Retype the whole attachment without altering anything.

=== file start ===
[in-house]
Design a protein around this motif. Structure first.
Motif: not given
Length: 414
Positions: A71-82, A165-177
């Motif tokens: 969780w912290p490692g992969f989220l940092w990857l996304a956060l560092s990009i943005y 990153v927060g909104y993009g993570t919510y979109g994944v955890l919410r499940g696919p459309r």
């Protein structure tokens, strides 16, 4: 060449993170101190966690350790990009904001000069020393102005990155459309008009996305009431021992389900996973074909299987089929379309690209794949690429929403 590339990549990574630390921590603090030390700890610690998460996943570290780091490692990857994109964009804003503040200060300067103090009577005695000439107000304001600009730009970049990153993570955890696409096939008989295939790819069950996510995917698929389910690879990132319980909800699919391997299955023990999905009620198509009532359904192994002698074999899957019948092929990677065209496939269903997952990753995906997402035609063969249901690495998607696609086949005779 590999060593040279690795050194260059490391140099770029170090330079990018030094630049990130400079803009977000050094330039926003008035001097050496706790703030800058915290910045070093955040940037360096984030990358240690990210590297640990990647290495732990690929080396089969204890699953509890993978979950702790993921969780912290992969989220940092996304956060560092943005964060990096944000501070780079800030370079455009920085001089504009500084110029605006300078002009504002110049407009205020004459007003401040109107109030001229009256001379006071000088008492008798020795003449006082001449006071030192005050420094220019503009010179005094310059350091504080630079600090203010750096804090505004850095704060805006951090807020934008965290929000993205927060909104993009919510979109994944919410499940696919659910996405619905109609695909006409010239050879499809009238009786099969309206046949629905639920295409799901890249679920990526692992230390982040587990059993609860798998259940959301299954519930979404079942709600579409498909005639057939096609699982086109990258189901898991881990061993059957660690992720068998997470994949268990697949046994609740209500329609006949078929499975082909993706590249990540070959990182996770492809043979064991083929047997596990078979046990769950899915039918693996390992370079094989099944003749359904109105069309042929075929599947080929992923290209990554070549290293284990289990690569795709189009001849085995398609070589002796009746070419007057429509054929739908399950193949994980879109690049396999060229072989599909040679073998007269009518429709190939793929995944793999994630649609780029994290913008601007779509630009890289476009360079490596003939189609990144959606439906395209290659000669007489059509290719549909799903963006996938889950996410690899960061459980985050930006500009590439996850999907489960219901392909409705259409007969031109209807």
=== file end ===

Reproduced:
[in-house]
Design a protein around this motif. Structure first.
Motif: not given
Length: 414
Positions: A71-82, A165-177
């Motif tokens: 969780w912290p490692g992969f989220l940092w990857l996304a956060l560092s990009i943005y 990153v927060g909104y993009g993570t919510y979109g994944v955890l919410r499940g696919p459309r």
């Protein structure tokens, strides 16, 4: 060449993170101190966690350790990009904001000069020393102005990155459309008009996305009431021992389900996973074909299987089929379309690209794949690429929403 590339990549990574630390921590603090030390700890610690998460996943570290780091490692990857994109964009804003503040200060300067103090009577005695000439107000304001600009730009970049990153993570955890696409096939008989295939790819069950996510995917698929389910690879990132319980909800699919391997299955023990999905009620198509009532359904192994002698074999899957019948092929990677065209496939269903997952990753995906997402035609063969249901690495998607696609086949005779 590999060593040279690795050194260059490391140099770029170090330079990018030094630049990130400079803009977000050094330039926003008035001097050496706790703030800058915290910045070093955040940037360096984030990358240690990210590297640990990647290495732990690929080396089969204890699953509890993978979950702790993921969780912290992969989220940092996304956060560092943005964060990096944000501070780079800030370079455009920085001089504009500084110029605006300078002009504002110049407009205020004459007003401040109107109030001229009256001379006071000088008492008798020795003449006082001449006071030192005050420094220019503009010179005094310059350091504080630079600090203010750096804090505004850095704060805006951090807020934008965290929000993205927060909104993009919510979109994944919410499940696919659910996405619905109609695909006409010239050879499809009238009786099969309206046949629905639920295409799901890249679920990526692992230390982040587990059993609860798998259940959301299954519930979404079942709600579409498909005639057939096609699982086109990258189901898991881990061993059957660690992720068998997470994949268990697949046994609740209500329609006949078929499975082909993706590249990540070959990182996770492809043979064991083929047997596990078979046990769950899915039918693996390992370079094989099944003749359904109105069309042929075929599947080929992923290209990554070549290293284990289990690569795709189009001849085995398609070589002796009746070419007057429509054929739908399950193949994980879109690049396999060229072989599909040679073998007269009518429709190939793929995944793999994630649609780029994290913008601007779509630009890289476009360079490596003939189609990144959606439906395209290659000669007489059509290719549909799903963006996938889950996410690899960061459980985050930006500009590439996850999907489960219901392909409705259409007969031109209807």